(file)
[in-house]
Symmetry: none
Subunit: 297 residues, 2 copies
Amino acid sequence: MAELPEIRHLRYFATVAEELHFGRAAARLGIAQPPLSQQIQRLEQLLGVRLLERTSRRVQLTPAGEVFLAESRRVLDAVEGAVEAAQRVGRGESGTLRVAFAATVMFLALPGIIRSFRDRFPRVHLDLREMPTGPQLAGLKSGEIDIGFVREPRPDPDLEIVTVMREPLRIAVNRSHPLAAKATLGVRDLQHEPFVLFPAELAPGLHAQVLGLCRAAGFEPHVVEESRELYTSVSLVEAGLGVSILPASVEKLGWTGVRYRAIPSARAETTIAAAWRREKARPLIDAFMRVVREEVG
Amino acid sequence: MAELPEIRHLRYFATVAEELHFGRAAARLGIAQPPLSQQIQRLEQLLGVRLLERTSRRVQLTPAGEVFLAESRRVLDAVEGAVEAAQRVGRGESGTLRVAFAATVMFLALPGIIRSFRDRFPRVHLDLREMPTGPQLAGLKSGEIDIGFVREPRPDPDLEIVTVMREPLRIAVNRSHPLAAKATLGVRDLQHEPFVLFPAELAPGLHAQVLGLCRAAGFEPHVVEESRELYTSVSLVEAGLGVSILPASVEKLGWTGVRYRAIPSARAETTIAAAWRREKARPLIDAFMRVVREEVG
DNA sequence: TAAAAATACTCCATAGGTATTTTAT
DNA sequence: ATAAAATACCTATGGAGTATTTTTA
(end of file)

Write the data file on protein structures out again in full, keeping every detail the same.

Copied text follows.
[in-house]
Symmetry: none
Subunit: 297 residues, 2 copies
Amino acid sequence: MAELPEIRHLRYFATVAEELHFGRAAARLGIAQPPLSQQIQRLEQLLGVRLLERTSRRVQLTPAGEVFLAESRRVLDAVEGAVEAAQRVGRGESGTLRVAFAATVMFLALPGIIRSFRDRFPRVHLDLREMPTGPQLAGLKSGEIDIGFVREPRPDPDLEIVTVMREPLRIAVNRSHPLAAKATLGVRDLQHEPFVLFPAELAPGLHAQVLGLCRAAGFEPHVVEESRELYTSVSLVEAGLGVSILPASVEKLGWTGVRYRAIPSARAETTIAAAWRREKARPLIDAFMRVVREEVG
Amino acid sequence: MAELPEIRHLRYFATVAEELHFGRAAARLGIAQPPLSQQIQRLEQLLGVRLLERTSRRVQLTPAGEVFLAESRRVLDAVEGAVEAAQRVGRGESGTLRVAFAATVMFLALPGIIRSFRDRFPRVHLDLREMPTGPQLAGLKSGEIDIGFVREPRPDPDLEIVTVMREPLRIAVNRSHPLAAKATLGVRDLQHEPFVLFPAELAPGLHAQVLGLCRAAGFEPHVVEESRELYTSVSLVEAGLGVSILPASVEKLGWTGVRYRAIPSARAETTIAAAWRREKARPLIDAFMRVVREEVG
DNA sequence: TAAAAATACTCCATAGGTATTTTAT
DNA sequence: ATAAAATACCTATGGAGTATTTTTA